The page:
Volume 13, Number 3—March 2007
Kala-azar Control, Uganda
To the Editor: Much of the leishmaniasis in Africa is concentrated in East Africa. In this region, visceral leishmaniasis (kala-azar) is caused by Leishmania donovani and is endemic in remote parts of Somalia, Sudan, Ethiopia, Kenya, and Uganda (1).
In Uganda, kala-azar is transmitted by the sandfly Phlebotomus martini, and transmission is thought to be anthroponotic. Studies in Sudan and Kenya have detected L. donovani in domestic animals (2,3), but whether these play a role in Uganda is unknown. In Uganda, the disease appears to be restricted to Pokot County, a semiarid lowland area in Nakapiripirit District (Appendix Figure). This focus is an extension of a larger focus in West Pokot District in Kenya (4). The area is mainly inhabited by the Pokot, a seminomadic tribe of pastoralists. Nakapiripirit is one of the most underserved districts of Uganda, plagued by tribal clashes.
Though kala-azar has been reported in East Africa since the early 1900s, it was not described in Uganda until the 1950s (5) and remained largely unnoticed until 1997, when Médecins Sans Frontières (MSF, Swiss Section) began to provide assistance to Amudat Health Centre in Pokot County. In 2000, MSF initiated a kala-azar control program, focusing on passive case detection and treatment.
From January 2000 to February 2006, a total of 3,645 patients suspected of having kala-azar were screened at Amudat Health Centre by using the direct agglutination test or rK39 antigen–based dipsticks (6); 2,088 patients with confirmed disease were treated with daily intramuscular injections of sodium stibogluconate or meglumine antimonite, 20 mg/kg bodyweight, for 30 days. Overall, 80% of the patients were <15 years of age, 75% were male, and 70% were from Kenya. From 2000 through 2005, the number of patients treated more than tripled, from 175 to 690 cases per year. Although this increase likely results, at least in part, from greater case detection due to the availability of treatment, we cannot exclude a real increase in disease because kala-azar prevalence in the area is unknown.
Information on local vector behavior and risk factors for infection or disease (e.g., malnutrition and HIV coinfection) is limited, and which potential interventions are appropriate is unclear. A pilot entomologic study in 2004 (J. Stevenson, master’s thesis) demonstrated that termite mounds (Figure) are important vector breeding and resting sites and that the practice of sitting on termite mounds while guarding livestock might increase the risk for infection. In contrast, humans may be protected from kala-azar when in close proximity to livestock (i.e., because of diversion of sandflies to alternative hosts) or when lighting fires indoors (smoke acts as a repellant to most biting flies). Ownership of insecticide-treated nets, which could protect persons from sandfly bites and reduce kala-azar transmission (7), was low. Although most of the local population had heard of kala-azar, known locally as termes, and regarded it as potentially fatal, few were aware of how kala-azar is transmitted (J. Stevenson, master’s thesis).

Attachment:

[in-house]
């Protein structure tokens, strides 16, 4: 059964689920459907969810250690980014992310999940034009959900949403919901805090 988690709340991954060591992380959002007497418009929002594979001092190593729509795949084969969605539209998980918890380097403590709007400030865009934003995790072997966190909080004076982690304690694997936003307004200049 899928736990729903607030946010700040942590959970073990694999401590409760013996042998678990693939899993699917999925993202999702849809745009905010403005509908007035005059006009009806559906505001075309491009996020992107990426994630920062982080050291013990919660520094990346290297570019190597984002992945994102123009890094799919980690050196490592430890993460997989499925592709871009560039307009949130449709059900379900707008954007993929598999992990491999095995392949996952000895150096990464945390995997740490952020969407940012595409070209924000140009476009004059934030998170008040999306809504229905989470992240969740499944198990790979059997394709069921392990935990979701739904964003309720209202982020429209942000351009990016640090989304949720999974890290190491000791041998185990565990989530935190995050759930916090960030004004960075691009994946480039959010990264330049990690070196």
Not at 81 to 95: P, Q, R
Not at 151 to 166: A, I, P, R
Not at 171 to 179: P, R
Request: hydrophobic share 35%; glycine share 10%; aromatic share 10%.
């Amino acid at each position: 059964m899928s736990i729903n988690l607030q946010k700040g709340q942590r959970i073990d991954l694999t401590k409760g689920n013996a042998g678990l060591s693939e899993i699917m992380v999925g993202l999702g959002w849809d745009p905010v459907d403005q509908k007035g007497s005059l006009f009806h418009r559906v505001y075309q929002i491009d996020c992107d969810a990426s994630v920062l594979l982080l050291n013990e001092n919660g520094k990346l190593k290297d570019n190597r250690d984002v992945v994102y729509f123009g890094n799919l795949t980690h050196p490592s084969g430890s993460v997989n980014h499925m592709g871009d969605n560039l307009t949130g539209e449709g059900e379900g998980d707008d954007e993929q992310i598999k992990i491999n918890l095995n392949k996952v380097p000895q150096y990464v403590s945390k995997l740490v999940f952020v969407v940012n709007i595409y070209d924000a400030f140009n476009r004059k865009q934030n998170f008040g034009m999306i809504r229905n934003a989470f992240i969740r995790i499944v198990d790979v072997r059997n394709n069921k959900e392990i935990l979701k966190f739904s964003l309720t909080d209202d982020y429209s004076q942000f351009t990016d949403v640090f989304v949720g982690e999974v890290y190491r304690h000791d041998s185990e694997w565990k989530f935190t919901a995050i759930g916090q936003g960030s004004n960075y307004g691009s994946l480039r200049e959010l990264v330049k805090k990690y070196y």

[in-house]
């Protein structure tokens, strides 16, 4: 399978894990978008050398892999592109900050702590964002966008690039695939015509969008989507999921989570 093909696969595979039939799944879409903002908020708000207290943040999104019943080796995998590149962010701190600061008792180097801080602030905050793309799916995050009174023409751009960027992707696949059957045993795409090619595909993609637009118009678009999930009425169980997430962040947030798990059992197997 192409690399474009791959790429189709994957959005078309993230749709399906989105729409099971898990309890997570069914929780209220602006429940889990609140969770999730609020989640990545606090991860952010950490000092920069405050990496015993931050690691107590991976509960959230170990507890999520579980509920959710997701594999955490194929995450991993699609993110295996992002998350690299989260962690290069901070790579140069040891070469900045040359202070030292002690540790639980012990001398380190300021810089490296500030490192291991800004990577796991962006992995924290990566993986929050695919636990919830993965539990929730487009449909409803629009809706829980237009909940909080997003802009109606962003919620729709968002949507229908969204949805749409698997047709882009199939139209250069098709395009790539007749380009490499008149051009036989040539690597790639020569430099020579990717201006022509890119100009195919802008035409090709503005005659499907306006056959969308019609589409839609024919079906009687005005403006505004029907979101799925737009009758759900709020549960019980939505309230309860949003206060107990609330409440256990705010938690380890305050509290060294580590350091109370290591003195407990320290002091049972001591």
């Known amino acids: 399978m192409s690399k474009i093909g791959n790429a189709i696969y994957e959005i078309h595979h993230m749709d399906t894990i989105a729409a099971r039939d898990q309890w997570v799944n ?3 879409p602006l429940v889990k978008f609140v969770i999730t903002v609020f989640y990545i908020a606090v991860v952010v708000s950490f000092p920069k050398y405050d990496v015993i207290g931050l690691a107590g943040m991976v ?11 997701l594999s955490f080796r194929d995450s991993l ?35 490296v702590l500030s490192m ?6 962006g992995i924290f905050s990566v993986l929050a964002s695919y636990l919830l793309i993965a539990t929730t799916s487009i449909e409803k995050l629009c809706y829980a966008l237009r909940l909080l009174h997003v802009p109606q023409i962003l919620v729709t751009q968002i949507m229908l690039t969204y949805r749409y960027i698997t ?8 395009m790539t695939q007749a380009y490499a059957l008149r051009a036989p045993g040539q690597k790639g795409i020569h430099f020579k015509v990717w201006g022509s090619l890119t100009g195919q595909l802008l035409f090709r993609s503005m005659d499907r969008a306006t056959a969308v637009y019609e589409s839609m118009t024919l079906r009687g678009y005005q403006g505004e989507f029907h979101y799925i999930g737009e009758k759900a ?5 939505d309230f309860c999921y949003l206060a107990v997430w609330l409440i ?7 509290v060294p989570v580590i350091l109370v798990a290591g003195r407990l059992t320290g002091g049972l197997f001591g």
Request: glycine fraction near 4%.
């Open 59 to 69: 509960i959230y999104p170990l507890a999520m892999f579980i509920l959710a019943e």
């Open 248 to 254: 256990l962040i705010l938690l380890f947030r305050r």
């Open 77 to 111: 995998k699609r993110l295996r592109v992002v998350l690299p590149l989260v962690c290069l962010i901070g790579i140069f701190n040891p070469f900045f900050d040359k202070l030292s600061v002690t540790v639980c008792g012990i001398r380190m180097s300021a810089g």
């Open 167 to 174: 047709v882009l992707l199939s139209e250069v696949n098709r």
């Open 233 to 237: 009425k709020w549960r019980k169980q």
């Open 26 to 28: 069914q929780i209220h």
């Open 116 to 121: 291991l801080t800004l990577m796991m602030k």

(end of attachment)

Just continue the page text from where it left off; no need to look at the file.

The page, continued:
MSF’s treatment of kala-azar is crucial because it reduces the human reservoir and hence transmission. However, current control activities only reach the tip of the iceberg: a large, underlying pool of infected and infectious persons likely exists (8,9).
Kala-azar in Uganda will not likely be controlled unless the epidemiology of the disease is better understood and preventive activities are undertaken. This knowledge gap is being addressed by a partnership among the Malaria Consortium, MSF, the London School of Hygiene and Tropical Medicine, and the Vector Control Division of the Ugandan Ministry of Health. A case-control study to determine the local risk factors of kala-azar is almost completed and will be followed by seroprevalence studies in several Pokot villages, using a similar approach to recent work in the Baringo District, Kenya (9). The results will be used to formulate an integrated control strategy aimed at achieving our ultimate goal of eliminating kala-azar from Uganda.
We thank the local staff at the kala-azar ward in Amudat; Moses Rutale, Clara Chemusungun, and Susan Awino for providing regular treatment services at Amudat Health Centre; and Andrew Ochieng and John Kasimiro for their work on the ongoing case-control study.
We are grateful to the Sir Halley Stewart Trust, Cambridge, UK, for providing financial support. S.B. is supported by a Wellcome Trust Advanced Training Fellowship (#073656).
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- Chappuis F, Mueller Y, Nguimfack A, Rwakimari JB, Couffignal S, Boelaert M, Diagnostic accuracy of two rK39 antigen-based dipsticks and the formol gel test for rapid diagnosis of visceral leishmaniasis in northeastern Uganda. J Clin Microbiol. 2005;43:5973–7.
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- Collin SM, Coleman PG, Ritmeijer K, Davidson RN. Unseen Kala-azar deaths in south Sudan (1999–2002). Trop Med Int Health. 2006;11:509–12.
- Ryan JR, Mbui J, Rashid JR, Wasunna MK, Kirigi G, Magiri C, Spatial clustering and epidemiological aspects of visceral leishmaniasis in two endemic villages, Baringo District, Kenya. Am J Trop Med Hyg. 2006;74:308–17.
Suggested citation for this article: Kolaczinski JH, Worku DT, Chappuis F, Reithinger R, Kabatereine N, Onapa A, et al. Kala-azar control, Uganda [letter]. Emerg Infect Dis [serial on the Internet]. 2007 Mar [date cited]. Available from http://wwwnc.cdc.gov/eid/article/13/3/06-0706
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